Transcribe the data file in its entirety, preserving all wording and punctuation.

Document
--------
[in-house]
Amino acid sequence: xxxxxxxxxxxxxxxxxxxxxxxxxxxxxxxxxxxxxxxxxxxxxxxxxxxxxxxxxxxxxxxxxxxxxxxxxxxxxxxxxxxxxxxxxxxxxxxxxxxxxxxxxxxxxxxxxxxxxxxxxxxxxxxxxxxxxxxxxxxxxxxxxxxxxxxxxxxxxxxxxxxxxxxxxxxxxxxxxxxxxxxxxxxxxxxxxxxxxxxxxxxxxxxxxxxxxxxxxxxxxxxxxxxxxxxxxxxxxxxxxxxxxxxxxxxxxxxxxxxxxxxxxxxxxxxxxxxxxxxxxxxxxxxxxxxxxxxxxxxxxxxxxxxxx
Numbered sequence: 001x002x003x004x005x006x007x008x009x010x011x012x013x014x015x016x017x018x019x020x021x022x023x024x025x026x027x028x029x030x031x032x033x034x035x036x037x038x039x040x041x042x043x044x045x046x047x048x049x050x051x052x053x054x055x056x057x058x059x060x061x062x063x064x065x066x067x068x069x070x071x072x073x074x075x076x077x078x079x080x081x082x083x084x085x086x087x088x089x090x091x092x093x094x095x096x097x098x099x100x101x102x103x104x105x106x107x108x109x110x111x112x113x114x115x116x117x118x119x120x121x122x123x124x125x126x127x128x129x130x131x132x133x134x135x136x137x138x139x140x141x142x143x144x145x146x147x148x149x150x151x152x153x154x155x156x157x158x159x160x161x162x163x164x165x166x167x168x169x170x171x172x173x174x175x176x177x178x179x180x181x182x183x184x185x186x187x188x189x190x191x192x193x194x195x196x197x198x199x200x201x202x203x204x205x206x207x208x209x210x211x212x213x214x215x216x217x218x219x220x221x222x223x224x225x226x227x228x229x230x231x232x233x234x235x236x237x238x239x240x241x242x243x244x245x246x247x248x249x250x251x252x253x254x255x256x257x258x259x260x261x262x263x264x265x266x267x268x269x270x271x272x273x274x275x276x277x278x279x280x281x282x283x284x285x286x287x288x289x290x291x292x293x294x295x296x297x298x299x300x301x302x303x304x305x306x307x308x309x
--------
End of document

[in-house]
Amino acid sequence: xxxxxxxxxxxxxxxxxxxxxxxxxxxxxxxxxxxxxxxxxxxxxxxxxxxxxxxxxxxxxxxxxxxxxxxxxxxxxxxxxxxxxxxxxxxxxxxxxxxxxxxxxxxxxxxxxxxxxxxxxxxxxxxxxxxxxxxxxxxxxxxxxxxxxxxxxxxxxxxxxxxxxxxxxxxxxxxxxxxxxxxxxxxxxxxxxxxxxxxxxxxxxxxxxxxxxxxxxxxxxxxxxxxxxxxxxxxxxxxxxxxxxxxxxxxxxxxxxxxxxxxxxxxxxxxxxxxxxxxxxxxxxxxxxxxxxxxxxxxxxxxxxxxxx
Numbered sequence: 001x002x003x004x005x006x007x008x009x010x011x012x013x014x015x016x017x018x019x020x021x022x023x024x025x026x027x028x029x030x031x032x033x034x035x036x037x038x039x040x041x042x043x044x045x046x047x048x049x050x051x052x053x054x055x056x057x058x059x060x061x062x063x064x065x066x067x068x069x070x071x072x073x074x075x076x077x078x079x080x081x082x083x084x085x086x087x088x089x090x091x092x093x094x095x096x097x098x099x100x101x102x103x104x105x106x107x108x109x110x111x112x113x114x115x116x117x118x119x120x121x122x123x124x125x126x127x128x129x130x131x132x133x134x135x136x137x138x139x140x141x142x143x144x145x146x147x148x149x150x151x152x153x154x155x156x157x158x159x160x161x162x163x164x165x166x167x168x169x170x171x172x173x174x175x176x177x178x179x180x181x182x183x184x185x186x187x188x189x190x191x192x193x194x195x196x197x198x199x200x201x202x203x204x205x206x207x208x209x210x211x212x213x214x215x216x217x218x219x220x221x222x223x224x225x226x227x228x229x230x231x232x233x234x235x236x237x238x239x240x241x242x243x244x245x246x247x248x249x250x251x252x253x254x255x256x257x258x259x260x261x262x263x264x265x266x267x268x269x270x271x272x273x274x275x276x277x278x279x280x281x282x283x284x285x286x287x288x289x290x291x292x293x294x295x296x297x298x299x300x301x302x303x304x305x306x307x308x309x